Friday, August 13, 2010
The Extra Man
It is time for boyish-looking Paul Dano to hire a new agent, because he has been repeating himself and playing similar characters. In this new comedy "The Extra Man" (USA 2010 | 108 min.), Paul Dano plays almost the same character as in "The Good Heart" last year. His character is still shy, awkward, soft-spoken, needing a place to stay, and dealing with a crazy old man under the same roof. The only difference is that this time, his character has a new hobby: cross-dressing.
Based on a novel by Jonathan Ames, the film tells a story about three oddballs living in an old New York apartment, if it were not their cellphones, the story would have been mistaken as in the '50s or the '60s.
Louis (Paul Dano) loses his teaching job and moves to New York City to pursue a new life. When he met the eccentric and slick Henry (Kevin Kline), who has been working as "an extra man" to escort older wealthy women. Henry's estranged mechanic Gershon (John C. Reilly), whose long hair makes him look like homeless, lives downstairs. He occasionally joins Louis and Henry to make the odd couple's daily routines even more bizarre.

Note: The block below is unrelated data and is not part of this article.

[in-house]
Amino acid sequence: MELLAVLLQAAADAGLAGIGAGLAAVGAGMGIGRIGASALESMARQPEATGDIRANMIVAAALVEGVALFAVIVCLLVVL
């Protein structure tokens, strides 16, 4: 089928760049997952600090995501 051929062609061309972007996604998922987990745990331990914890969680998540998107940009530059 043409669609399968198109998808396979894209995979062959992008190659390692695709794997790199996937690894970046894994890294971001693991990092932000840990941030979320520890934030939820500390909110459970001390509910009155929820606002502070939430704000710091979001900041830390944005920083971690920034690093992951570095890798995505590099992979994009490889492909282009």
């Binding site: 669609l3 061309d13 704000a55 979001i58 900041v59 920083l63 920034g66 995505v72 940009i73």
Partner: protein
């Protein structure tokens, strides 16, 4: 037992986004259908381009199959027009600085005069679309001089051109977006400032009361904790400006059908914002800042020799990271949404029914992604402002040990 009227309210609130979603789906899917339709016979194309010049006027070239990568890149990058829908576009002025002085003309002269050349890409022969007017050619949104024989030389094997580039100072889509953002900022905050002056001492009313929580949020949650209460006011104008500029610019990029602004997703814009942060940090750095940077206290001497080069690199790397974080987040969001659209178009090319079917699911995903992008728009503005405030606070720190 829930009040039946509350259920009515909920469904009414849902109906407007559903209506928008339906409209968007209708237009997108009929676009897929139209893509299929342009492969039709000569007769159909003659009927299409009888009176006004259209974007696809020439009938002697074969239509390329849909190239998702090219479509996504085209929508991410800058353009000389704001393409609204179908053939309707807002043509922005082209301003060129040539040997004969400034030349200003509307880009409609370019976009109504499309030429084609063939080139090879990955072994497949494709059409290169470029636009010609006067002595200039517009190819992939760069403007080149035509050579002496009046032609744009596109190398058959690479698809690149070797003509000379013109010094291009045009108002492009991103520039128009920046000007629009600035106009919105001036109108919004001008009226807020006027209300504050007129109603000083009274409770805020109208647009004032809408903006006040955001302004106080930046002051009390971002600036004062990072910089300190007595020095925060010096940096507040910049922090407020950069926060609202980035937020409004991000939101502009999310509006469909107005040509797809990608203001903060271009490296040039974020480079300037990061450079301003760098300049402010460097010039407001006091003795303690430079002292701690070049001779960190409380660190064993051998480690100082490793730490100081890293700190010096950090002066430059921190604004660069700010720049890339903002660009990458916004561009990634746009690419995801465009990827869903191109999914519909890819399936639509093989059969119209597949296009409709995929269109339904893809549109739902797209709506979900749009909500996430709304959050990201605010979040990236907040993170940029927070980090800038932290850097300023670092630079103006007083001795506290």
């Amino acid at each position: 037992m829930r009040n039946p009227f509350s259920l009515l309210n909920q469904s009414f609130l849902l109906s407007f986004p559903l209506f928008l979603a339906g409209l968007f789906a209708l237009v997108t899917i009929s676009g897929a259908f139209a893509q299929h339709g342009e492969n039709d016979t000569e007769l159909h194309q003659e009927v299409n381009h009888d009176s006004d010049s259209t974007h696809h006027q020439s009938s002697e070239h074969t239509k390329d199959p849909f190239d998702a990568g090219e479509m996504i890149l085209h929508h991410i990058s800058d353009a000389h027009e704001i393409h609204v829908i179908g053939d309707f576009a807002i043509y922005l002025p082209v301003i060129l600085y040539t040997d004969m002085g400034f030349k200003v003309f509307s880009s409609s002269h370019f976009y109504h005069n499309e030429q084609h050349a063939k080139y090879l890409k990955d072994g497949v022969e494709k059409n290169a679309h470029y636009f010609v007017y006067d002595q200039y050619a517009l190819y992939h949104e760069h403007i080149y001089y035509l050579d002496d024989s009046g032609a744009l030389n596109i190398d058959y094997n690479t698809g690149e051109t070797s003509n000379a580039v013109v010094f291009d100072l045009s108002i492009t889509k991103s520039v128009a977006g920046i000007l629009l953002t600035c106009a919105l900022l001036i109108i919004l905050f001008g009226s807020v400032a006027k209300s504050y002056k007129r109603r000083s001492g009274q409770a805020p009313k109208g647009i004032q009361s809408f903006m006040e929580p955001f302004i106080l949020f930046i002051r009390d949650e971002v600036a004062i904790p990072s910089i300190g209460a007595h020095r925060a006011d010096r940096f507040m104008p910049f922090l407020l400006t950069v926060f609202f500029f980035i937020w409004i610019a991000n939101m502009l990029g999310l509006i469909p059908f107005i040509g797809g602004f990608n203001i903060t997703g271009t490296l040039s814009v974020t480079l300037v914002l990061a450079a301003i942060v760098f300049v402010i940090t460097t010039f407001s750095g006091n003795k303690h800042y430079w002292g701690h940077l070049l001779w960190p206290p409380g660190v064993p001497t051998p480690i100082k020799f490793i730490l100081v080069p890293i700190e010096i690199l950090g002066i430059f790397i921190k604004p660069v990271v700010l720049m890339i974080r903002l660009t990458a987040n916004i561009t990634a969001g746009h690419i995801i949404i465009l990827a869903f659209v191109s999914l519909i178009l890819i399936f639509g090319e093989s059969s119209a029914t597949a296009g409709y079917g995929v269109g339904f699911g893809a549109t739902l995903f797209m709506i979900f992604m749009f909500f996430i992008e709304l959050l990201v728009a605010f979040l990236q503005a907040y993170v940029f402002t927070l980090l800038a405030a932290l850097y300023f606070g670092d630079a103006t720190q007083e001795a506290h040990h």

The film tries hard to be funny, but hardly succeeds. It awkwardly hustles together three individuals who have completely different personalities, except all lonely, hoping for some magical moments to happen. Those moments never come.
Although three talented actors are casted in the leading roles, they cannot change the fate of these dreadful characters. Kevin Kline never stops talking like Bill Murray and moving like Robin Williams. Paul Dano constantly mumbles like, well, Paul Dano. Unlike the frequent annoying voiceover, John C. Reilly is mute for the most part in the film. Actually, that is pretty funny, especially with the long hair.
New York is a big city that has all walks of life and all sorts of characters. Even so, these characters in the film seem too odd to this city. Indeed, they are extra men to the City, and to each other.